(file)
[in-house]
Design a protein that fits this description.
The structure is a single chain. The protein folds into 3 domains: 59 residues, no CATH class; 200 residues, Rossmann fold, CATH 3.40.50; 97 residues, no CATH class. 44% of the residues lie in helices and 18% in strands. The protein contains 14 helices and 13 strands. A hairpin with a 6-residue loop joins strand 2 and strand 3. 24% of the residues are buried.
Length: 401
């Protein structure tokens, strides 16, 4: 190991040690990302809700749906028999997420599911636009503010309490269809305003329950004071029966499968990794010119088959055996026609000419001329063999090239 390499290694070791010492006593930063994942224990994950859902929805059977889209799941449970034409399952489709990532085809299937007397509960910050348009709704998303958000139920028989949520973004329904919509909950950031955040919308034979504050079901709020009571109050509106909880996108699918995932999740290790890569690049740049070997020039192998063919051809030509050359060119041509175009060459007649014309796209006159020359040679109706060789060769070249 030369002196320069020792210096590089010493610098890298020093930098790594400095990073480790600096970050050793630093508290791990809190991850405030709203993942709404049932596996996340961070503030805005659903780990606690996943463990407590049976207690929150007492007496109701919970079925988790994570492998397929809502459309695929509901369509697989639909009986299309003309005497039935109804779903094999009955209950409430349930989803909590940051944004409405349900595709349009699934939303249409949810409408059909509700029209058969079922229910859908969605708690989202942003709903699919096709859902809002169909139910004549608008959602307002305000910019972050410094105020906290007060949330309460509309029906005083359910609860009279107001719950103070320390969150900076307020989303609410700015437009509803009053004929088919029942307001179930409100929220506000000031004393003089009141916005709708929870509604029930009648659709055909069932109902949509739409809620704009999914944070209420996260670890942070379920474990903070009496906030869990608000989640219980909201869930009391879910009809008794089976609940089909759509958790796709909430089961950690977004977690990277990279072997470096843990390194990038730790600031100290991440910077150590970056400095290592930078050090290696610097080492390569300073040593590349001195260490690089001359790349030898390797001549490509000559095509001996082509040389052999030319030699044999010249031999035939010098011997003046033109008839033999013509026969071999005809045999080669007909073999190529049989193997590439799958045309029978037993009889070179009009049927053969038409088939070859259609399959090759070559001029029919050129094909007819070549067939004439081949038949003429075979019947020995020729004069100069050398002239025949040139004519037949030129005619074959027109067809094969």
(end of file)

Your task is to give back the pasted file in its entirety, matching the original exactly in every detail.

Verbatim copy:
[in-house]
Design a protein that fits this description.
The structure is a single chain. The protein folds into 3 domains: 59 residues, no CATH class; 200 residues, Rossmann fold, CATH 3.40.50; 97 residues, no CATH class. 44% of the residues lie in helices and 18% in strands. The protein contains 14 helices and 13 strands. A hairpin with a 6-residue loop joins strand 2 and strand 3. 24% of the residues are buried.
Length: 401
């Protein structure tokens, strides 16, 4: 190991040690990302809700749906028999997420599911636009503010309490269809305003329950004071029966499968990794010119088959055996026609000419001329063999090239 390499290694070791010492006593930063994942224990994950859902929805059977889209799941449970034409399952489709990532085809299937007397509960910050348009709704998303958000139920028989949520973004329904919509909950950031955040919308034979504050079901709020009571109050509106909880996108699918995932999740290790890569690049740049070997020039192998063919051809030509050359060119041509175009060459007649014309796209006159020359040679109706060789060769070249 030369002196320069020792210096590089010493610098890298020093930098790594400095990073480790600096970050050793630093508290791990809190991850405030709203993942709404049932596996996340961070503030805005659903780990606690996943463990407590049976207690929150007492007496109701919970079925988790994570492998397929809502459309695929509901369509697989639909009986299309003309005497039935109804779903094999009955209950409430349930989803909590940051944004409405349900595709349009699934939303249409949810409408059909509700029209058969079922229910859908969605708690989202942003709903699919096709859902809002169909139910004549608008959602307002305000910019972050410094105020906290007060949330309460509309029906005083359910609860009279107001719950103070320390969150900076307020989303609410700015437009509803009053004929088919029942307001179930409100929220506000000031004393003089009141916005709708929870509604029930009648659709055909069932109902949509739409809620704009999914944070209420996260670890942070379920474990903070009496906030869990608000989640219980909201869930009391879910009809008794089976609940089909759509958790796709909430089961950690977004977690990277990279072997470096843990390194990038730790600031100290991440910077150590970056400095290592930078050090290696610097080492390569300073040593590349001195260490690089001359790349030898390797001549490509000559095509001996082509040389052999030319030699044999010249031999035939010098011997003046033109008839033999013509026969071999005809045999080669007909073999190529049989193997590439799958045309029978037993009889070179009009049927053969038409088939070859259609399959090759070559001029029919050129094909007819070549067939004439081949038949003429075979019947020995020729004069100069050398002239025949040139004519037949030129005619074959027109067809094969």